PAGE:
• The American Arbitration Association Commercial Arbitration Rules and Mediation Procedures ("AAA Rules") Rule R-48, Istanbul Center of Arbitration Rules of Arbitration and Rules of Mediation13 ("ISTAC Rules") Art. 38, and Singapore International Arbitration Centre Rules14 ("SIAC Rules") Art. 28.8, contain similar provisions.
  • The International Chamber of Commerce Rules of Arbitration15 ("ICC Rules") also regulate, in Art. 32, the award by consent upon request of the parties. However, Appendix IV to the ICC Rules governing case management techniques, in paragraph (h), places an emphasis on informing the parties that they are free to settle all, or part, of the dispute, and where agreed between the parties and the arbitral tribunal, the tribunal may take steps to facilitate settlement.

A quick perusal of the rules shows how national legal cultures reflect upon arbitration practices. Institution rules under the influence of Germanic systems (such as SRIA and DIS Rules) foresee explicit encouragement to arbitrators for facilitating settlement; whereas, common law-related rules (such as LCIA Rules, AAA Rules, similarly under ISTAC rules, SIAC rules) only foresee consent awards. It is noteworthy to mention that the new Appendix IV to the ICC Rules contain a new emphasis enabling the arbitral tribunal to step in and facilitate settlement.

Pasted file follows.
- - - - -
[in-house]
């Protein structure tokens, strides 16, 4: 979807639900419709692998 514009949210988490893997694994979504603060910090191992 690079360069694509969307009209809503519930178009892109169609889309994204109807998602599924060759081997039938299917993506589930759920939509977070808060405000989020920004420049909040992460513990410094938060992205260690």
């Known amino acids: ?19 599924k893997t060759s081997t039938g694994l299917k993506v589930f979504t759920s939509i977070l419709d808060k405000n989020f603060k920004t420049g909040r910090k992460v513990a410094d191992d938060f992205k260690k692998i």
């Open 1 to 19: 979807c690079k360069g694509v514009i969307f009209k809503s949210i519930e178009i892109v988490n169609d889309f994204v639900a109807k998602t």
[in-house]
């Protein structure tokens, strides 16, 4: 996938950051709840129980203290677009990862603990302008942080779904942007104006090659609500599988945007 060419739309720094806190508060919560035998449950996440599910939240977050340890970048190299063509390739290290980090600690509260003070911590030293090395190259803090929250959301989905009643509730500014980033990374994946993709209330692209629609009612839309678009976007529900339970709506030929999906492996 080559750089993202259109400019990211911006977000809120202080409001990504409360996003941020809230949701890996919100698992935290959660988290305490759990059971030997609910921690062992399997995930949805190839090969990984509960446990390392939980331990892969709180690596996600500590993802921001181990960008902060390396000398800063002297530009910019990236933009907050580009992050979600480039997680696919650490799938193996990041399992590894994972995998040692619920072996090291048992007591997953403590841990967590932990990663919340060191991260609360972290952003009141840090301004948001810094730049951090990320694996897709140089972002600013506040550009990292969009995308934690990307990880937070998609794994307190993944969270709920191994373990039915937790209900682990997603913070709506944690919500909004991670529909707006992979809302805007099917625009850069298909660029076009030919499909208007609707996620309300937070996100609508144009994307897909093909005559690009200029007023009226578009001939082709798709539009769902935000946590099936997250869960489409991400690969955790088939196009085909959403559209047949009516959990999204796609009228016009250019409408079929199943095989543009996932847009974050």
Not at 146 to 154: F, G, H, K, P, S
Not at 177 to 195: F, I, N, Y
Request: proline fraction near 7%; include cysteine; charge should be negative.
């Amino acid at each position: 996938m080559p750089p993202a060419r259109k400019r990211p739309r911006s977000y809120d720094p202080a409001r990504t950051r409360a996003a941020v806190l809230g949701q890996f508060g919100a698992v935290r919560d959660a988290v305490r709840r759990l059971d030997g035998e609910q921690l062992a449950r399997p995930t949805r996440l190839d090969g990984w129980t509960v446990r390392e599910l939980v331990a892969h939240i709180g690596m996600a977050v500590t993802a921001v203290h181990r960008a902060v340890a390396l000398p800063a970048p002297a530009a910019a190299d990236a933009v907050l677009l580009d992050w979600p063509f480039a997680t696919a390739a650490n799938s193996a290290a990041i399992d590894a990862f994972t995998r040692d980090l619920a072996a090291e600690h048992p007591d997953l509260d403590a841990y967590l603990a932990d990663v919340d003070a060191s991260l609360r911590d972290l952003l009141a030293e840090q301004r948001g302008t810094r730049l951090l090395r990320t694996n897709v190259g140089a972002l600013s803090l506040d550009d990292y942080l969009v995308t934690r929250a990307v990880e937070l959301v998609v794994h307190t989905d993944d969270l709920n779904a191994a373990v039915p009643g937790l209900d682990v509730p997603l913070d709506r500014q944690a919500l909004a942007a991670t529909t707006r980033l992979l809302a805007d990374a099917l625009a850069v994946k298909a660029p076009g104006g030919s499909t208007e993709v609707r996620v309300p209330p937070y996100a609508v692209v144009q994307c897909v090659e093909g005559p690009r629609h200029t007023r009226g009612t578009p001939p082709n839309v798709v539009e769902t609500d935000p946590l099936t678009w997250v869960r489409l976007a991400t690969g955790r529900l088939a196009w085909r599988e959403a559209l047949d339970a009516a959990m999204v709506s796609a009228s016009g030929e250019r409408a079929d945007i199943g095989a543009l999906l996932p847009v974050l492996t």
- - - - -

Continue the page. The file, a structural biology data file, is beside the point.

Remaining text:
The Centre for Effective Dispute Resolution ("CEDR") also focused on encouraging arbitrators to settle in international arbitration as of 2007. As a result, the CEDR published the CEDR Rules for the Facilitation of Settlement in International Arbitration16 ("CEDR Rules").These CEDR Rules were designed to supplement the applicable rules and legal provisions. Similarly, the International Bar Association also published guidelines on Conflicts of Interest in International Arbitration17 ("IBA Guidelines on Conflicts"). Paragraph 4(d) also provides a possibility for the arbitrators to assist the parties in reaching settlement.

Both the CEDR Rules and the IBA Guidelines on Conflicts point to certain necessities in order for the arbitral tribunal not to make its award susceptible to a successful challenge. This is mainly due to the possible negative effects of such facilitation as to the independence and impartiality of arbitrators.

How to Avoid Challenge

The arbitral tribunal should not knowingly act in such a way to make its award susceptible to challenge (CEDR Rules art. 3/1). The CEDR Rules, the IBA Guidelines on Conflicts, and legal practitioners18 underline certain necessary steps in order for the arbitral tribunal's involvement in settlement not to cause future problems that may affect the integrity of the arbitration proceedings:

  • The arbitrator should not engage in facilitation of settlement in the absence of the agreement of all parties concerned. The parties should provide their express consent, including a waiver of confirmation that they will not challenge or disqualify the arbitral tribunal from continuing to serve as arbitrator. This could be through a separate a written waiver, the approval of CEDR Rules, or otherwise. To prevent any potential conflict under some jurisdictions, it is advised that such waiver/agreement be in writing. This agreement is necessary to protect the arbitrator from further challenges.